British actress Pauline Collins pays lip service to Verdi in Dustin Hoffman’s new film Quartet.

It’s always a risk producing a film that requires actors to learn an instrument. Think of Russell Crowe’s valiant attempt at learning the violin for Master and Commander (who could ask for a better teacher than Richard Tognetti?), or Christopher Walken and Philip Seymour Hoffman wielding instruments in the recent film A Late Quartet. Even with Hollywood’s most consummate professionals, any discerning movie buff may get the feeling that there’s something not quite right…

Pauline Collins is very much aware of the difficulty actors face in appearing to be convincing musicians. In Dustin Hoffman’s directorial debut, Quartet, she plays Cecily Robson, a retired opera singer. “You take a lifetime to train as an opera singer,” she says humbly. “You can’t take four actors with moderately adequate voices and make them into opera stars.”

Collins came to film later in her life after a successful stage and television career (she had a memorable role in Upstairs Downstairs and later starred in the one-woman-play and film Shirley Valentine). While Collins has never sung on stage, she’s no stranger to the opera world. “I’ve always liked to sing. I come from a family who sang songs round the piano, and my grandmother was an opera singer. She had an extraordinary voice, a very high coloratura – you know: a glass-breaking voice.”

An adaptation of Ron Harwood’s musical of the same name, Quartet is set at Beecham House, a retirement home for musicians. Each year Beecham House puts on a gala concert to celebrate Verdi’s birthday, but this year the arrival of Jean, a diva (Maggie Smith), throws the residents’ equilibrium out the window. The “quartet” of the title refers to characters played by Smith and Collins, as well as Billy Connolly and Tom Courtenay. All four had singing lessons and rehearsed weekly on set, although Smith says she and Connolly were apprehensive about emulating professional opera singers. “We wanted to look the part,” explains Collins, “and the original idea was that we should be dubbed by proper opera singers, but then Dustin decided you would never actually see the performers; you would only see scraps, like people bowing and people clapping.”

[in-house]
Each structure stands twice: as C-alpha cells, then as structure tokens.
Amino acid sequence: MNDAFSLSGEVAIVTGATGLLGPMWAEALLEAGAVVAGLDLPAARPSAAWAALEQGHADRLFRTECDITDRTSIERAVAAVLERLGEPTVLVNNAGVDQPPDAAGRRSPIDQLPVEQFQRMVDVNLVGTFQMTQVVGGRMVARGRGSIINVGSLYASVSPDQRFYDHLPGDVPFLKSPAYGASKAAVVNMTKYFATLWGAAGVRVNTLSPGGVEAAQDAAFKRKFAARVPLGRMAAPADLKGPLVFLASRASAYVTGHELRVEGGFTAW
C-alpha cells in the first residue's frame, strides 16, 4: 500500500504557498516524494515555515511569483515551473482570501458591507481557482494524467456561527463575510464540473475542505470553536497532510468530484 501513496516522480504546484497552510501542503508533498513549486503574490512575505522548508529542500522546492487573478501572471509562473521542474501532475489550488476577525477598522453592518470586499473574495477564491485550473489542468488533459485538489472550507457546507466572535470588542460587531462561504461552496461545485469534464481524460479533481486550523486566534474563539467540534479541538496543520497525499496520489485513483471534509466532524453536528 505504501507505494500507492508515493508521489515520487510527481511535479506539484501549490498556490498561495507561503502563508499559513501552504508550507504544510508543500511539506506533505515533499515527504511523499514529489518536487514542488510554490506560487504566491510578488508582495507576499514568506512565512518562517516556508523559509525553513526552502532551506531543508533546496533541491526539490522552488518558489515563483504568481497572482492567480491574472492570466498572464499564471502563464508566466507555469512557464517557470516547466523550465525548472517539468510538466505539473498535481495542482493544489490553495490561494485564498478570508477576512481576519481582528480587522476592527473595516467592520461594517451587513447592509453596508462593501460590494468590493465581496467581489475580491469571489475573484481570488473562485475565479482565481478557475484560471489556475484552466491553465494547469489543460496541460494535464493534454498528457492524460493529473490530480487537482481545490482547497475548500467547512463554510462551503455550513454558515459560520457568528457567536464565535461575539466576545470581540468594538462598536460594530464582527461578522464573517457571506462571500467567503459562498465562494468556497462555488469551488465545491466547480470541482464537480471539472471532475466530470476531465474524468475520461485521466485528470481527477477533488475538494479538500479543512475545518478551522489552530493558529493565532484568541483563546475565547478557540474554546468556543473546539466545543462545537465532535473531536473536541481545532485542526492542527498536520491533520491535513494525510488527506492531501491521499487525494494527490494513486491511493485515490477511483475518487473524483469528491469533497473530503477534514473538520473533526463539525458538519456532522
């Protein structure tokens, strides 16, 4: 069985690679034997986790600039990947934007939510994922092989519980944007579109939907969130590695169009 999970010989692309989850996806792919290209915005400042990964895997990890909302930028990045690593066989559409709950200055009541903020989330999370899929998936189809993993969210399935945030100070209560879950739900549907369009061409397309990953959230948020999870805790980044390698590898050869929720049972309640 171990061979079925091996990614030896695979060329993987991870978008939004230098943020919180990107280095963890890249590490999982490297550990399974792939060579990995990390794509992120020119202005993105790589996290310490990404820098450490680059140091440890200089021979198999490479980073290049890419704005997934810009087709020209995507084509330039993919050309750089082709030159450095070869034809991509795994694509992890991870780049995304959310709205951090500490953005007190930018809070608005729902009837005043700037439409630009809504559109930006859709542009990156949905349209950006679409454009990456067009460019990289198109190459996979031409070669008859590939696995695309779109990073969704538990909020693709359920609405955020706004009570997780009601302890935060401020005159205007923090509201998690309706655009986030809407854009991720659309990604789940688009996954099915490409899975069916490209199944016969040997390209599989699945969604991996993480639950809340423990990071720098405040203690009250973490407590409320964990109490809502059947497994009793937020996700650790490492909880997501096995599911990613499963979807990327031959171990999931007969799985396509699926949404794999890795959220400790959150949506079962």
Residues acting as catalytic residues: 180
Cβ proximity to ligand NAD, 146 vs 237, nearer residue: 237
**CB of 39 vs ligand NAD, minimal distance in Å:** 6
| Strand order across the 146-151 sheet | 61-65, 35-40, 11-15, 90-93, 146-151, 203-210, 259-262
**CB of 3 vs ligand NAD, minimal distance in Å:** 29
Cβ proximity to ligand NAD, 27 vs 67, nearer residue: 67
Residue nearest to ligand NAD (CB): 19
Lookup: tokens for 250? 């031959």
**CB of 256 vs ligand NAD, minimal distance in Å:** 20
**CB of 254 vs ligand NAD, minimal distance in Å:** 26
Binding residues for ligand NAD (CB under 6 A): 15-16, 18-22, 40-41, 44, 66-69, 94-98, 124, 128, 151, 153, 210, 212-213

An intriguing solution from Hoffman, a first-time director but a film veteran perhaps sympathetic to his actors. Nevertheless, the foursome continued to rehearse the gala concert scene with help from a support cast of professional musicians, who supplied “a wink and a nod” to help with cues. 

Collins says it was a pleasure to explore classical music in a role, having inherited an appreciation for the artform from her family. “I do love Puccini. I know it’s a bit kind of naff to love somebody so romantic, but I love Puccini, and I love Russian composers.” She has a confession, though: “I’m not so keen on – I know it’s awful – but Mozart. I remember as a child singing a little operetta which he wrote when he was 12, called Bastien und Bastienne, and I thought, ‘I don’t like this, it’s diddly’. It lacked the passion of Puccini.”

In Quartet, Collins faced an added challenge of portraying a character that suffers from vascular dementia. “I wanted her to do all the things that people with dementia do – a lot of people who have the beginnings, and begin to feel it, make every effort to conceal it and to make a joke of it…Sometimes she’s funny, and in the beginning people laugh, and then a couple of times when she has an episode, they realise ‘this could be serious’.”

With such a delicate subject to portray and a 75-year-old director at the helm, Collins says the core cast couldn’t help but examine their own views on ageing. “We were all of an age, and we all had common memories, and in a curious way it made us all a little bit younger again,” she reflects. “What did come across was the fact that it feels like a real friendship between the four of us – with all the attendant squabbles that you get with a long friendship.”

Quartet also explores an issue that is sensitive not just for musicians – particularly singers – but also for actors: when to stop clinging to the performing world and retire? To Collins, it’s simply a question of continuing  to enjoy her craft. “There’s no reason why you should ever stop as a musician. Actors tend to go on as long as they’re able to learn a few lines and walk across the stage without banging into the furniture.”

Billy Connolly had another, perhaps more succinct summary for the film’s lasting message: “Don’t die until you die.”

Quartet is playing with limited release nationally.